Coloring the jug

Pretty

We did this times 3 for our specific number of grandmas. But you should do whatever number you need. In case you couldn’t figure that out.

Then, I tied some ribbon to each handle, just to be festive. And the watering cans were complete. Easy peasy.

Finished projects

The next project we did was coffee filter flowers. These were also super duper easy to make. I got the inspiration for our project from two sources. Here and Here.

I used new coffee filters to make my flowers, but I love the idea of recycling used ones. I certainly drink enough coffee (actually, it’s my only means of survival!), but this particular week I was out of them and so was boy scouting my coffee filters out of paper towels. A trick my roommate in college taught me. He said he learned to do it in boy scouts, hence why I called it that. So, I bought brand new ones so I wouldn’t need to do that, but did not have enough time to drink  enough coffee to recycle them. Make sense?

Anyway–my supplies:

Coffee filters, spray bottles with water mixed with food coloring inside

and

Green construction paper, a black marker and pipe cleaners and scissors (which are not pictured, oops)

First, I took some spray bottles and filled them with water. Then I added a few drops of food coloring in each bottle. This actually took more food coloring than I anticipated. Just a drop or two will instantly turn your (hopefully) clear water into what appears to be a deep hue. But, after spraying a filter or two, I figured out that it actually required more like 10 drops per bottle to color the filters properly. There is still a lot of dyed water left in each bottle after this though, so we will certainly use it for other projects.

Then, I had Zach spray the coffee filters with the dyed water. The spray bottles are actually difficult for him to use. They took a lot of pressure to push the pump down and he would get frustrated, so we did it together. I think a trigger style sprayer would be easier for the little ones. Or maybe we just had especially difficult spray bottles.

Zach spraying the filters

All colored and drying out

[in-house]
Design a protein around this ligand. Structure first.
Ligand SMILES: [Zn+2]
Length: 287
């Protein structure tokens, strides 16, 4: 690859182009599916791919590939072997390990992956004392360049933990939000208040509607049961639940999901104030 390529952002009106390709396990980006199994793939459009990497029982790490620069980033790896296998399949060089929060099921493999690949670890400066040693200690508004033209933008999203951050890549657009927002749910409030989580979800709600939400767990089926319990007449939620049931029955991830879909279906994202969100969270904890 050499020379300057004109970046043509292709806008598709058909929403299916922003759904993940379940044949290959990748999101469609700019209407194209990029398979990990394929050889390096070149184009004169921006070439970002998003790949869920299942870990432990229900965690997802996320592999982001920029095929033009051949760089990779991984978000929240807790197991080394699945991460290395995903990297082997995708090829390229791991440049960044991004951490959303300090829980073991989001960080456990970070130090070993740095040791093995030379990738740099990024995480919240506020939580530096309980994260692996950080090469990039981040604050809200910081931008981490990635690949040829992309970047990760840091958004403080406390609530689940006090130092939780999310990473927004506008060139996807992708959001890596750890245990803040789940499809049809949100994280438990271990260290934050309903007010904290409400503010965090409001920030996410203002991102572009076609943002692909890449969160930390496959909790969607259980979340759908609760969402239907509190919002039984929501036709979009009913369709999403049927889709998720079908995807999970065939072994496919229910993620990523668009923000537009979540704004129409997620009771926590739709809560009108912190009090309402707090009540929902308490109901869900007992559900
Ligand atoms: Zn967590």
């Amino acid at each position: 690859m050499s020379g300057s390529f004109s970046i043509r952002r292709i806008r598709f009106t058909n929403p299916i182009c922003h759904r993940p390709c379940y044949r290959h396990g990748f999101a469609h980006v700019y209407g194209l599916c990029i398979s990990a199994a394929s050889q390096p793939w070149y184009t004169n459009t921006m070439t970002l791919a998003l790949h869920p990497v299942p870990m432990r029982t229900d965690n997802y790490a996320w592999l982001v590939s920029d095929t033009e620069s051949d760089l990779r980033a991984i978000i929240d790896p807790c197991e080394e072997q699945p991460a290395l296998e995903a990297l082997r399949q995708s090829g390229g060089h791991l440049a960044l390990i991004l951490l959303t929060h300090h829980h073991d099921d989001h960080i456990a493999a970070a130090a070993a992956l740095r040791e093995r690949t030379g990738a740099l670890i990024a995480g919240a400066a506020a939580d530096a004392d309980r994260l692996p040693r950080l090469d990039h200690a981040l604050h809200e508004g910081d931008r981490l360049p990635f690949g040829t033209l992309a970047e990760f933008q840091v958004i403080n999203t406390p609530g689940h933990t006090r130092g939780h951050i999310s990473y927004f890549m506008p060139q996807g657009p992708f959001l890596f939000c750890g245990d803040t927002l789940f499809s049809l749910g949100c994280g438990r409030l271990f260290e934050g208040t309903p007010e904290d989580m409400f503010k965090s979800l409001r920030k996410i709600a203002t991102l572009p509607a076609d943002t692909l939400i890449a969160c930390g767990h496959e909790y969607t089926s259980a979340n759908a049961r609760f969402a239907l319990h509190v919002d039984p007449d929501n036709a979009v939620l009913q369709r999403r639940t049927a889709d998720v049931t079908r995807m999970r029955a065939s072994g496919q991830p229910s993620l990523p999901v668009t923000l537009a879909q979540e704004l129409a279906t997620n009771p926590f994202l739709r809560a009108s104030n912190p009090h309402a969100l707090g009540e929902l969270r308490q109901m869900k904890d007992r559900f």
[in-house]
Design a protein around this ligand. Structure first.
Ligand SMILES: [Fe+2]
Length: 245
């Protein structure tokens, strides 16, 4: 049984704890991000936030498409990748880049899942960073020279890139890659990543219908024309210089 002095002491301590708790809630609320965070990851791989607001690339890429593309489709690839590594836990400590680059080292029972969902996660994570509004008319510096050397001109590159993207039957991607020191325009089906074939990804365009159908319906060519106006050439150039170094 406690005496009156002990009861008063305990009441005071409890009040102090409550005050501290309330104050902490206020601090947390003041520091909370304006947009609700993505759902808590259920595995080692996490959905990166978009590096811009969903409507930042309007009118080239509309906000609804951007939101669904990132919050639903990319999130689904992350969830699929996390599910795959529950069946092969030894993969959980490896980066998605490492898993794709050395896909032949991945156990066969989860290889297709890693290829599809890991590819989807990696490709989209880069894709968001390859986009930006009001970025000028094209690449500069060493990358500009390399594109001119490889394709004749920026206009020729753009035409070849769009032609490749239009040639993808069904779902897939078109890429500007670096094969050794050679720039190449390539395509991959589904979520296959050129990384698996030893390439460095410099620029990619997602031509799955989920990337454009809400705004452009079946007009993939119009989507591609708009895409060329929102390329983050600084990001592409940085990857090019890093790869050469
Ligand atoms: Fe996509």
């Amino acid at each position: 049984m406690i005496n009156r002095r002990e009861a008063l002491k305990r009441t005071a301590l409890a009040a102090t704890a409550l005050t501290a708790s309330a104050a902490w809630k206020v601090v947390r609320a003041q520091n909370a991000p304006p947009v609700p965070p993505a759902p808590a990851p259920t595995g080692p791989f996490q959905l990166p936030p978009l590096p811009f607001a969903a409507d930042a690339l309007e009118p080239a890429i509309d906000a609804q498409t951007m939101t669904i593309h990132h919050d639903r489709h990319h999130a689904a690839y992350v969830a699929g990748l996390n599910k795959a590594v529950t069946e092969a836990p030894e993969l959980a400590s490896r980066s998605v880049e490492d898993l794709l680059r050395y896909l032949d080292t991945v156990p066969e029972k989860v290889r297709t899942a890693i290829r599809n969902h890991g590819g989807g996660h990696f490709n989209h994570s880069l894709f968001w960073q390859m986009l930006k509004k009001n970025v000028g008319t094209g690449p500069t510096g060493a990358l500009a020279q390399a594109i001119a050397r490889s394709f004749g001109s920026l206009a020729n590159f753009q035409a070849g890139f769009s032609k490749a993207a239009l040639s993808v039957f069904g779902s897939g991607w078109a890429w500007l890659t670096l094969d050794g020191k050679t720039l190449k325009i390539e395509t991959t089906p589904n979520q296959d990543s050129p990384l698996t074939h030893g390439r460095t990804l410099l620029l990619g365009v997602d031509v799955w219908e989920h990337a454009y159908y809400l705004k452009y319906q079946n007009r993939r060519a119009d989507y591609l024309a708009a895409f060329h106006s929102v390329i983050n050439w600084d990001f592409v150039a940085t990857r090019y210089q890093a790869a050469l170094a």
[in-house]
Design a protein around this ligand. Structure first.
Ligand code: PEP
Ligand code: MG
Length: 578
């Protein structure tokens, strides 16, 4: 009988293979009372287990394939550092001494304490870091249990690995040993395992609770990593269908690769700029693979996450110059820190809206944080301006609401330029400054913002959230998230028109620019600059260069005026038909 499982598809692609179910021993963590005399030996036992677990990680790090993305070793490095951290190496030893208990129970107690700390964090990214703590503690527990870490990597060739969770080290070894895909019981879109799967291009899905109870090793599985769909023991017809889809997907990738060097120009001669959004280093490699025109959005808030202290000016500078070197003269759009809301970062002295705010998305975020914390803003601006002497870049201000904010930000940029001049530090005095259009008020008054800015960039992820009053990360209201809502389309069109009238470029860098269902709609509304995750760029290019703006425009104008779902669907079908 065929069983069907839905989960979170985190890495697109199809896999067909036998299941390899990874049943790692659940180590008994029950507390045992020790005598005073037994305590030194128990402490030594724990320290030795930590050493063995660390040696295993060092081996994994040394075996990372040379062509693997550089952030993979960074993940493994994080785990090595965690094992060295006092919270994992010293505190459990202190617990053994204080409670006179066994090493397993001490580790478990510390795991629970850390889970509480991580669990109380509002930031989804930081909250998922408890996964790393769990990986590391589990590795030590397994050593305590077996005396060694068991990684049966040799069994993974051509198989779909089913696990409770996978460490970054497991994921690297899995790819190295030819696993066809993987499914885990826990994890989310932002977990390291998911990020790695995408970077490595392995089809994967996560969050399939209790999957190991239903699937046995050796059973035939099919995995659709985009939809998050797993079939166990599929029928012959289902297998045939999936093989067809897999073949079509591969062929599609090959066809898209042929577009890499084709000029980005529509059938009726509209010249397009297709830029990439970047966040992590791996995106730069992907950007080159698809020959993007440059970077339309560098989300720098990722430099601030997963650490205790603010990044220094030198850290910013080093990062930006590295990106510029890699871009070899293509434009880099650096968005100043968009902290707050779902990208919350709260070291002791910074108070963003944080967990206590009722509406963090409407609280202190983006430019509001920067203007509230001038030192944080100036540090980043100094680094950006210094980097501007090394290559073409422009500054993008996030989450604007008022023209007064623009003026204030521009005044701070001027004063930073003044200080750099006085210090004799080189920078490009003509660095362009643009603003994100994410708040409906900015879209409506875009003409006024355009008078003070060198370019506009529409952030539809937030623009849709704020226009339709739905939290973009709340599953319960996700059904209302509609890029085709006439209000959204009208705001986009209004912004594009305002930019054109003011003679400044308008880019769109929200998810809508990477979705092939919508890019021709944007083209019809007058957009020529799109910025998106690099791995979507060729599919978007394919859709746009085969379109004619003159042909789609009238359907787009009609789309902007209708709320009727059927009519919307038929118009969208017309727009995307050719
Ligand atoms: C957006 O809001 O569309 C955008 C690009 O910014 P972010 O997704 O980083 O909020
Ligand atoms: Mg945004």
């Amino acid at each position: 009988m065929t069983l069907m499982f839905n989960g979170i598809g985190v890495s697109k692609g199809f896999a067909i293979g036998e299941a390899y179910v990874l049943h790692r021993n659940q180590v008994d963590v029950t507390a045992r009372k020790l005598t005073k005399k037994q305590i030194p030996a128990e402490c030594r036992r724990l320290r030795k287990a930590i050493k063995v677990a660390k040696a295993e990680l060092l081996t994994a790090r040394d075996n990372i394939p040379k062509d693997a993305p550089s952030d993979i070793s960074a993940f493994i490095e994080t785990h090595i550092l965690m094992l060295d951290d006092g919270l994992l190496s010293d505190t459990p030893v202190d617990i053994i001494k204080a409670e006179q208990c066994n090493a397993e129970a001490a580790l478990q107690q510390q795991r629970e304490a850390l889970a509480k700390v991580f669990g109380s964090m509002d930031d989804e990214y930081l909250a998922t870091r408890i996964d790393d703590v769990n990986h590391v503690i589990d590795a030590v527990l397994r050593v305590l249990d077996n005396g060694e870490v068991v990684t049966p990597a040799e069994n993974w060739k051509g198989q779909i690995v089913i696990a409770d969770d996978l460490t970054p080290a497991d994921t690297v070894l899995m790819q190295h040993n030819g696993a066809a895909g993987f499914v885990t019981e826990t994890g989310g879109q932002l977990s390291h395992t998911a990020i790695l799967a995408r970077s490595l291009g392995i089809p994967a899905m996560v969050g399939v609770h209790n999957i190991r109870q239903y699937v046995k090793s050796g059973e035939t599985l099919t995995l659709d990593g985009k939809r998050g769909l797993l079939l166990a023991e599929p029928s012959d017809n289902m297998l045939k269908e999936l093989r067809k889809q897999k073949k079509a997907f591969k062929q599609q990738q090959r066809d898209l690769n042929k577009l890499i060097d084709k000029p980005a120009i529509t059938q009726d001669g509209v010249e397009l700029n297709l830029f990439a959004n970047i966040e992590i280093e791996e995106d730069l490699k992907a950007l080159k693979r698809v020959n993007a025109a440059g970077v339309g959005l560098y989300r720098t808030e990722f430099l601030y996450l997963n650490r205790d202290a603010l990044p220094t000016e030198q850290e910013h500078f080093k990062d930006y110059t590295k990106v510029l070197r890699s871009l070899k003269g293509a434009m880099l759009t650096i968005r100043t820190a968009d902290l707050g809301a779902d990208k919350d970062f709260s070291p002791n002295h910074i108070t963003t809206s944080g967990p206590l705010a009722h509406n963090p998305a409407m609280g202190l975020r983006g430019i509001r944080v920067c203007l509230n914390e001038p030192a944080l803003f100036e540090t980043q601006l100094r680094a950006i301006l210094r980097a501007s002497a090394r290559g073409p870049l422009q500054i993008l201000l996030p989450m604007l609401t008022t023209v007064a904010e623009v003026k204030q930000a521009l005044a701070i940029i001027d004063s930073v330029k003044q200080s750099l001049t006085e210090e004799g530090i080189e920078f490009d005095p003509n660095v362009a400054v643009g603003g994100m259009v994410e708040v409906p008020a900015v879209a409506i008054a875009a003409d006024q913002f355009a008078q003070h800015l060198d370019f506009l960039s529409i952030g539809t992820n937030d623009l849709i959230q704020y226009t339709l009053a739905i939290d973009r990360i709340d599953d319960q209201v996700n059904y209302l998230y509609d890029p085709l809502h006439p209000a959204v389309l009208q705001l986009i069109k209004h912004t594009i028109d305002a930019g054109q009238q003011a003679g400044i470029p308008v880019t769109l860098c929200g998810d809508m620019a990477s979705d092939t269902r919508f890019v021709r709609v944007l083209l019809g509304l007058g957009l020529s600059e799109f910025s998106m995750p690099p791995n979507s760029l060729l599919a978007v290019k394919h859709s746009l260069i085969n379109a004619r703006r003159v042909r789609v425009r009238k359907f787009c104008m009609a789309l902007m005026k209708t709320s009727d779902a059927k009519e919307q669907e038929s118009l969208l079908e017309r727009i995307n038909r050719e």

After the filters were dry, I took each one and gathered it around my finger in the center of the filter. Then I wrapped a green pipe cleaner (which they now call chenille stems these days, fancy huh?) around each gather to attach the “stem” to the “bloom”.

Connecting the flower to the stem

Then I just kind of spread the filter out a bit to make it look more flower-ish.

Unfurling the bloom

It almost looks like a real flower

After I created all of the flowers, I made some leaves out of the green construction paper. I folded the paper in half and drew a rough leaf shape. I drew it along the folded edge so that when I cut it out there was a crease in the middle of the leaf. This crease would be the part that wrapped around the stem. The leaves created a kind of “card” effect. I made 1 leaf per flower.

Drawing the leaves

All cut and ready to go

After Zach got up from his nap, I asked him to help me with the next part. I asked him what he loved about his grandmas. This was a little bit of an abstract concept to him, especially since his grandmas weren’t there with him. So we looked at some pictures on the computer. I was kind of prompting him, I’ll admit, but he did recognize his grandmas and answered yes when I asked if he liked the things they were doing in the pictures or things that the grandmas do when they are here.

On the front of a leaf I would write, “I love my grandma because…” and on the inside I wrote a reason (“she gives me cookies” or “she plays trains with me” or “she reads me books”, etc.). Other leaves said, “Happy Mother’s Day” on the outside and “Love, Zachary” on the inside.

Outside of the leaf

Inside of the book

If I were to do this again, I’d make the writing on the outside a little further from the crease. It got difficult to keep the glue away from the writing when I did the next step, which was to glue the leaves to the flower stems. Once the leaves were all glued on and dried, our bouquets were complete. 2 flowers for each grandma. And an extra for mommy. Because I want one.

Finished flowers

Oh Grandma, I love you just as much as I love my sippy cup of milk. Happy Mother's Day.

What did Zach learn? Patience. That worthwhile activities are worth repeating. About gravity and toys don’t always need batteries. The concept of love, even when those we love are far away. That we give gifts for special occasions.

What did Mommy learn? Once again, Daddy can handle himself with the kids, even overnight by himself. That worthwhile activities are worth repeating. That I am not 22 years old anymore (we did this cardio dance class that I am STILL sore from 2 days later. OUCH!).

What did Daddy learn? That it’s not so easy getting 3 kids out of the house by yourself in a timely fashion.